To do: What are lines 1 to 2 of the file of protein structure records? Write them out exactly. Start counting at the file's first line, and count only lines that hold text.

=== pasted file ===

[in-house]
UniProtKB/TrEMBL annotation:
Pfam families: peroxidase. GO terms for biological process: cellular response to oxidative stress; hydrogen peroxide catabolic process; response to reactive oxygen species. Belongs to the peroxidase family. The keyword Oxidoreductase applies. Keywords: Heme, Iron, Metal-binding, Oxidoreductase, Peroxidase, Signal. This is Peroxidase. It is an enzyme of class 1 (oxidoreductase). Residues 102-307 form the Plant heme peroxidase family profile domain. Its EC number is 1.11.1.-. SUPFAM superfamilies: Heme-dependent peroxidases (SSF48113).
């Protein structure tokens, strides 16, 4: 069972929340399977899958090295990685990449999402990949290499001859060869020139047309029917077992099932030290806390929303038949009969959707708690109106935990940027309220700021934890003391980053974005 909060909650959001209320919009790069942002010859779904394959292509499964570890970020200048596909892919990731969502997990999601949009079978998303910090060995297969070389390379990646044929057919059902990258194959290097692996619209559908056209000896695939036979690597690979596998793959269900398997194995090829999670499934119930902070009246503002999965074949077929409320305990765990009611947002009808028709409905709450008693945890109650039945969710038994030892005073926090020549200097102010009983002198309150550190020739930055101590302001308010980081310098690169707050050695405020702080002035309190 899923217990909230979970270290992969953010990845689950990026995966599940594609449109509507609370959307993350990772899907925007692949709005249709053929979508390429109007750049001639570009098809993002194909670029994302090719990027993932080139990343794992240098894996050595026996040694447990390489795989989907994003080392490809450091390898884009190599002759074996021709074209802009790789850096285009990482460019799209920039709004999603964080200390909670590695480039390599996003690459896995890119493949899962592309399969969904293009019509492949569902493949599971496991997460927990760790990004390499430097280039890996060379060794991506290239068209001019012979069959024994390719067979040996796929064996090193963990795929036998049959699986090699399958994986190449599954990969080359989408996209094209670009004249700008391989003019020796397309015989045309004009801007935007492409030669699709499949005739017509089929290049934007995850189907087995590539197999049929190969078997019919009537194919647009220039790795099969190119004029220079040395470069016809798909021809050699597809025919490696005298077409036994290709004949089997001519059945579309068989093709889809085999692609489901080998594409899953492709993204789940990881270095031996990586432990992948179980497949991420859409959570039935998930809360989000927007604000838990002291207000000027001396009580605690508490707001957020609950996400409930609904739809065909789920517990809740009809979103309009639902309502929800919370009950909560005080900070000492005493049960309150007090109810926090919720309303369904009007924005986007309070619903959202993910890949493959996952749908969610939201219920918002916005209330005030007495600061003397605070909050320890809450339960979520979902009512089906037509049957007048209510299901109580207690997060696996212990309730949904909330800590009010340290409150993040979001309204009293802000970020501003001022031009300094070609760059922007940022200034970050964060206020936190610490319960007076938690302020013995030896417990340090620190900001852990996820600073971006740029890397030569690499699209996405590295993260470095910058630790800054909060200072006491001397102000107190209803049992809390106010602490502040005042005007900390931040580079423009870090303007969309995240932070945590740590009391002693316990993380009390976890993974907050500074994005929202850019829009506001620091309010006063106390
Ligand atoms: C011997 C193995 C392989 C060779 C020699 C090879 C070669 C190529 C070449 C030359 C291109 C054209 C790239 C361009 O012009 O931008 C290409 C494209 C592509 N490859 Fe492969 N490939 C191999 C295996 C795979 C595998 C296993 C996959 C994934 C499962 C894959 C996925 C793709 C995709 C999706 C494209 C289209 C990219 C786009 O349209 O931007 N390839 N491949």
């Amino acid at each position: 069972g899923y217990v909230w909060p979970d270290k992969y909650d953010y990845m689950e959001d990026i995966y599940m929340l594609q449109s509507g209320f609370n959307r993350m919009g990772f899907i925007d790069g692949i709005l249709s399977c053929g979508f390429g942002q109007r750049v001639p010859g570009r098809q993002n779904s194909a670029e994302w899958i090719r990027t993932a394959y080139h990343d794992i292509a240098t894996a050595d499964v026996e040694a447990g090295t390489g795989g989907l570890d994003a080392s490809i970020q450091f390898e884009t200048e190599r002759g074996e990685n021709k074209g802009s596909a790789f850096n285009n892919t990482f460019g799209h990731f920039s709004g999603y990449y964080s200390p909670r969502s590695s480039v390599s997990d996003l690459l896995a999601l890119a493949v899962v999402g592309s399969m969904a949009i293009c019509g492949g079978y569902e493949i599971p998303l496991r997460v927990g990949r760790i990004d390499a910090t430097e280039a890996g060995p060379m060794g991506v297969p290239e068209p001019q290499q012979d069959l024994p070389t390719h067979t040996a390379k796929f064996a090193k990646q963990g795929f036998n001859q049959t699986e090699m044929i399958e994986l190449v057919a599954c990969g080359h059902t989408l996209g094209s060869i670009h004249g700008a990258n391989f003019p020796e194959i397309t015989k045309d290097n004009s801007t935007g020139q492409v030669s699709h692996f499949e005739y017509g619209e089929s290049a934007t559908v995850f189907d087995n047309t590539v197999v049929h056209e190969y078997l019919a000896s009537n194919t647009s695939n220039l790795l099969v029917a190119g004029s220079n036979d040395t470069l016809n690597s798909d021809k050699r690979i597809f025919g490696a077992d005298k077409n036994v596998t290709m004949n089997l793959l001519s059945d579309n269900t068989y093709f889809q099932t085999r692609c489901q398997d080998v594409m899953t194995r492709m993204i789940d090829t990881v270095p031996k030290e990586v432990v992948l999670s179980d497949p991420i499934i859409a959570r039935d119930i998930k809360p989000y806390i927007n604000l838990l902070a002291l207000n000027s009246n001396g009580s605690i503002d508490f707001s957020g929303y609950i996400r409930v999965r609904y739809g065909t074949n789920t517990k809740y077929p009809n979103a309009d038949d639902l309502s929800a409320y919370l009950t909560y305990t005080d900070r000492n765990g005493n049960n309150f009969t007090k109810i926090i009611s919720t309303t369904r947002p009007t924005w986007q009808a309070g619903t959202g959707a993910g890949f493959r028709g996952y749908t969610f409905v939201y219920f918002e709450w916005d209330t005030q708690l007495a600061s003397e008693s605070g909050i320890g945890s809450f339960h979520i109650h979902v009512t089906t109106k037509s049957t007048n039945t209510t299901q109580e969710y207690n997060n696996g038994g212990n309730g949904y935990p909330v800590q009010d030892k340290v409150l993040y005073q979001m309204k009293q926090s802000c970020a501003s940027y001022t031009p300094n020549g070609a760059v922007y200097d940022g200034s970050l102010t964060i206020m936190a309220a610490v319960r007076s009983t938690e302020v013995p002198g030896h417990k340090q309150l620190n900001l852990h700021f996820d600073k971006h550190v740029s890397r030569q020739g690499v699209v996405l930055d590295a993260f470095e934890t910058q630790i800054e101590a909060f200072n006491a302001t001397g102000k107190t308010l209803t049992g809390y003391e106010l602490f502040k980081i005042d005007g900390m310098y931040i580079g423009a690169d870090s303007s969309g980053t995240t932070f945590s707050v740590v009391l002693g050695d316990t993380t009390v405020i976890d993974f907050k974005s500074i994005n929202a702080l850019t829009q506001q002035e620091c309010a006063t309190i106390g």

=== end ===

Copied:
[in-house]
UniProtKB/TrEMBL annotation: